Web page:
Sunday, 22 October 2017

Great War centenary exhibition to visit during 2015 regatta

AN exhibition marking the centenary of the start of the First World War is to come to Henley.

AN exhibition marking the centenary of the start of the First World War is to come to Henley.

Fields of Battle — Lands of Peace 14-18 will be staged in Mill Meadows for four weeks from the end of June 2015 as part of a national tour.

The exhibition will comprise a walk-on map and a series of photographic panels and will be free to visit 24 hours a day. There will also be a mobile information centre.

The display will not be based on the horrors of war but instead on how time and nature have healed the battlefields to create a link between the modern day and the personal dramas and stories the landscapes now hide.

The Fields of Battle 14-18 charity, which is a partner in the First World War Centenary programme led by the Imperial War Museum, is seeking funding to stage the exhibition, which is to be launched in London in August next year and will then tour cities around the country until 2018.

Henley Poppy Appeal organiser Shirley Lees met the promoters to encourage the exhibition to visit the town.

In a report to the town council’s recreation and amenities committee, town clerk Mike Kennedy said the dates of the visit had been chosen to coincide with Henley Royal Regatta, so the maximum number of people could see the exhibition and the promoters would be encouraged to agree to come despite Henley being a small town.

He said: “This opportunity is normally open to cities across the UK so we are very privileged to be able to host this and I must congratulate Shirley Lees for all her work on this. She has been quite inspirational.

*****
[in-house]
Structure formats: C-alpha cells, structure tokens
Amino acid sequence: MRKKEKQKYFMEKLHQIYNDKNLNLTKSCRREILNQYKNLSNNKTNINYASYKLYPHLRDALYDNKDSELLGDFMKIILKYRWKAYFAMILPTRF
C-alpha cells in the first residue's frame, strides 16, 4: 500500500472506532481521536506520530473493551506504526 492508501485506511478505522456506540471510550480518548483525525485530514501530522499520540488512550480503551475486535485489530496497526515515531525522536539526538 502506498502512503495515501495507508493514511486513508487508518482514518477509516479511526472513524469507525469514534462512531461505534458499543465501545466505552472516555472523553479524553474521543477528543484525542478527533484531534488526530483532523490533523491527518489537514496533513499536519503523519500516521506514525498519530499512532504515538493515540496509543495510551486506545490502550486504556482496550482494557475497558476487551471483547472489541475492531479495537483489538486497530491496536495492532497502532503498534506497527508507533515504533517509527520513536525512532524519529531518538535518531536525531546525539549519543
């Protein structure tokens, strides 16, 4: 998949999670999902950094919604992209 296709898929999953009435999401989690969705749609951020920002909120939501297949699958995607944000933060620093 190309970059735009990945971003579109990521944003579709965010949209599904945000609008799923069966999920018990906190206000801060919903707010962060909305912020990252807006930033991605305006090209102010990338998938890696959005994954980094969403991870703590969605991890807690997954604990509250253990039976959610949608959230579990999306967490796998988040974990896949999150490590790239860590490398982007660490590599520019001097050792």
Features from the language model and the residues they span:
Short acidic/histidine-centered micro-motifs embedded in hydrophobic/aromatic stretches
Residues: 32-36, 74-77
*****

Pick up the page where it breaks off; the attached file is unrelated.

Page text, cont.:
“There is no cost to the council unless the council chooses to create specific panels of Henley’s First World War experience. I am aware that there are grants available should the council wish to pursue that.

“The ideal location would be Falaise Square but the weekly charter market renders this space impracticable.

“Mindful of the requirement to make the exhibition free to all, day and night, an alternative location beside the towpath at Mill Meadows has been suggested.

“The promoters have given their assurance that grass is not a problem and that the riverside setting would work really well.”

Mr Kennedy said the exhibition was a “massive opportunity” for Henley to honour those who gave their lives in the Great War.

“Words simply can’t describe what this exhibition will represent,” he said. “There are panels of information which seeks to show how, over time, the battlefields have become something quite dramatic and special.”

Councillor Kellie Hinton said: “I am all for this. It is fantastic and at a great time of year provided it doesn’t involve the parks service team who have their hands full anyway.

“When the time comes I think we should go for some Henley panels even if we can’t get a grant.” Councillor David Silvester said: “It has been said he who cannot remember history is destined to make mistakes again. My father served in both world wars and I can’t speak highly enough of this opportunity.”

Mayor Stefan Gawrysiak said he would like there to be a Henley element to the exhibition.

Councillor Sam Evans added: “It is a fantastic honour for Henley to be included in this. I think it is a fantastic opportunity to get schoolchildren involved. The more interactive it is the more they learn.”

The committee approved the deal unanimously and asked Mr Kennedy to explore adding some information panels relating to Henley to the exhibition.

lUp to three new memorials dedicated to soldiers from the First World War could be erected in Henley after Mike Willoughby, an amateur historian from Woodcote, found more than 70 soldiers from the area whose names are missing from the town’s nine existing memorials.

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